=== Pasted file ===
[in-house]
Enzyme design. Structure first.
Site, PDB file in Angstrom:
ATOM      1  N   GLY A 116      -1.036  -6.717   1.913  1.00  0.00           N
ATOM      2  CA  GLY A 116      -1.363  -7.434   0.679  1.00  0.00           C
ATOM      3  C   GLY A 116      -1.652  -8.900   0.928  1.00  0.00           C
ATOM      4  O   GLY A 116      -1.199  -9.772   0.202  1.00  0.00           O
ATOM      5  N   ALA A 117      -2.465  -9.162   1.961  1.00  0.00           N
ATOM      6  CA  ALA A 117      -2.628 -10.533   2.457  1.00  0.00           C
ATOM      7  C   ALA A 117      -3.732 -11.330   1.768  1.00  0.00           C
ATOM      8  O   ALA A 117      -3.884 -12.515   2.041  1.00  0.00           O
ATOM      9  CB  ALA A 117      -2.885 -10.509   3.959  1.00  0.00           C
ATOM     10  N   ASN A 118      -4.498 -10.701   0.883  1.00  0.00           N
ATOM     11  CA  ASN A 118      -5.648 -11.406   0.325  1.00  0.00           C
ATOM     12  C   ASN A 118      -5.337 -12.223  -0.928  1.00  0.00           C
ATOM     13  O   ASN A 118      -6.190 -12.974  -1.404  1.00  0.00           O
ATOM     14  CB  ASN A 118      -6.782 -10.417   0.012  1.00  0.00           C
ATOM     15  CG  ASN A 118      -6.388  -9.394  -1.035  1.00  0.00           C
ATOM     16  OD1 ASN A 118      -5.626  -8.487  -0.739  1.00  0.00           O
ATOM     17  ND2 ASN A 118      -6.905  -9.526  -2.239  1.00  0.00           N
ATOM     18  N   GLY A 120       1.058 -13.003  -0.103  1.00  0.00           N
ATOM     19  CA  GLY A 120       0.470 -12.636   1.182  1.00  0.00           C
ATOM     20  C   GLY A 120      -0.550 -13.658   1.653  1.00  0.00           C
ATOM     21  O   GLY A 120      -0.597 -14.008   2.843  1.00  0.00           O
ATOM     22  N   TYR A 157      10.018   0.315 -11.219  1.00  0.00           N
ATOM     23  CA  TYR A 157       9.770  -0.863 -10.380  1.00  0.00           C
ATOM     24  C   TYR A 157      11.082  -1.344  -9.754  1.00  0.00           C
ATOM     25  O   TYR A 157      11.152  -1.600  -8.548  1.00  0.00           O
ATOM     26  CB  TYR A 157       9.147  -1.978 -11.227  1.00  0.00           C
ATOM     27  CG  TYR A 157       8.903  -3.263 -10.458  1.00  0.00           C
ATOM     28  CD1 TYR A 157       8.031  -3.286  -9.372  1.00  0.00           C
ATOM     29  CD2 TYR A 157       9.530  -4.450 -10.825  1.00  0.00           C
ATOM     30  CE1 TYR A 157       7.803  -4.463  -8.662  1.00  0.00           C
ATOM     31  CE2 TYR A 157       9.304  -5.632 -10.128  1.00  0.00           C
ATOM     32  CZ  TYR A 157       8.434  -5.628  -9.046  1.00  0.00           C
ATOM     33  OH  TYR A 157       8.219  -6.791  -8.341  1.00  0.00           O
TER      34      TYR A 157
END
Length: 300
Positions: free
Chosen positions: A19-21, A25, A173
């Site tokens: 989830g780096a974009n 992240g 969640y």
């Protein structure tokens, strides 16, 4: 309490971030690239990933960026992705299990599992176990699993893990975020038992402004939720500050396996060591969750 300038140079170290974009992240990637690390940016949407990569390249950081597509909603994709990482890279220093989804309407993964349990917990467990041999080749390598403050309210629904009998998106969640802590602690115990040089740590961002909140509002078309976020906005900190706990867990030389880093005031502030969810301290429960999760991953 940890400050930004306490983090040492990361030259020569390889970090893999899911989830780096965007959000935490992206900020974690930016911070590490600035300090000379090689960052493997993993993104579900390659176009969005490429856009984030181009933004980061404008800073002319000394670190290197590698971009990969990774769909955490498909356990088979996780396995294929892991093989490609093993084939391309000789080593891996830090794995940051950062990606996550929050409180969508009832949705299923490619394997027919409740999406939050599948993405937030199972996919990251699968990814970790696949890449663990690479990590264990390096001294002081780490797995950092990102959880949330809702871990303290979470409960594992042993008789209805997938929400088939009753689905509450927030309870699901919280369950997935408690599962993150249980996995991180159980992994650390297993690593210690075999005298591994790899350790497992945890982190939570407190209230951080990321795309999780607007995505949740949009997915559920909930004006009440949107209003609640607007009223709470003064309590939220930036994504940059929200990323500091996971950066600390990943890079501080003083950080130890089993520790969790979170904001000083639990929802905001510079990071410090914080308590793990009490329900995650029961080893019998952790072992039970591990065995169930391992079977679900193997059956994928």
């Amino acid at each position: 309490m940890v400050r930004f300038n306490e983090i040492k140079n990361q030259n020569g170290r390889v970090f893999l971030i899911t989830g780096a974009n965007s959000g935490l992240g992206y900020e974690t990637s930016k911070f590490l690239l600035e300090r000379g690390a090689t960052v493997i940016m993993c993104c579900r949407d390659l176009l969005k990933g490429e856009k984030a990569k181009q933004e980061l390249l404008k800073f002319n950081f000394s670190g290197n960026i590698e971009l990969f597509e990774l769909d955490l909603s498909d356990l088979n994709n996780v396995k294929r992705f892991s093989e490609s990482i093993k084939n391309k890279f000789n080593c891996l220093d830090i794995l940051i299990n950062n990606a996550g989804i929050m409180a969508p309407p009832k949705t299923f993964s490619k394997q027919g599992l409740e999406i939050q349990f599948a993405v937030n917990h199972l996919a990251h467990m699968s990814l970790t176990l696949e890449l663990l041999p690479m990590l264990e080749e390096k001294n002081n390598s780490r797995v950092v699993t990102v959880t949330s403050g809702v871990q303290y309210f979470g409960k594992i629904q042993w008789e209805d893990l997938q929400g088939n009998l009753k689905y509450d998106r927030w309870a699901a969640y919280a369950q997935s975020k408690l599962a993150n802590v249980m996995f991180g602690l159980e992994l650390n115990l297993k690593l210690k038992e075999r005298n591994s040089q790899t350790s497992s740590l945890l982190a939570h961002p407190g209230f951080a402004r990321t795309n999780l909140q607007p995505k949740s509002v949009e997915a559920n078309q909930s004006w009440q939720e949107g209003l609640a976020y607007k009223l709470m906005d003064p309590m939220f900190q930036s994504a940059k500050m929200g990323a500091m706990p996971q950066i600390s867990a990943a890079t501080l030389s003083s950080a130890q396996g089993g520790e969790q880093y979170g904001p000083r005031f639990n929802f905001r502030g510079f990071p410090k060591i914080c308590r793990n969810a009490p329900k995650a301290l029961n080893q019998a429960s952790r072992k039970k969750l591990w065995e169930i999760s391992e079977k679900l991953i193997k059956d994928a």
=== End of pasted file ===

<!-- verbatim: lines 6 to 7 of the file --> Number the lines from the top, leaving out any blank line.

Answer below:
ATOM      3  C   GLY A 116      -1.652  -8.900   0.928  1.00  0.00           C
ATOM      4  O   GLY A 116      -1.199  -9.772   0.202  1.00  0.00           O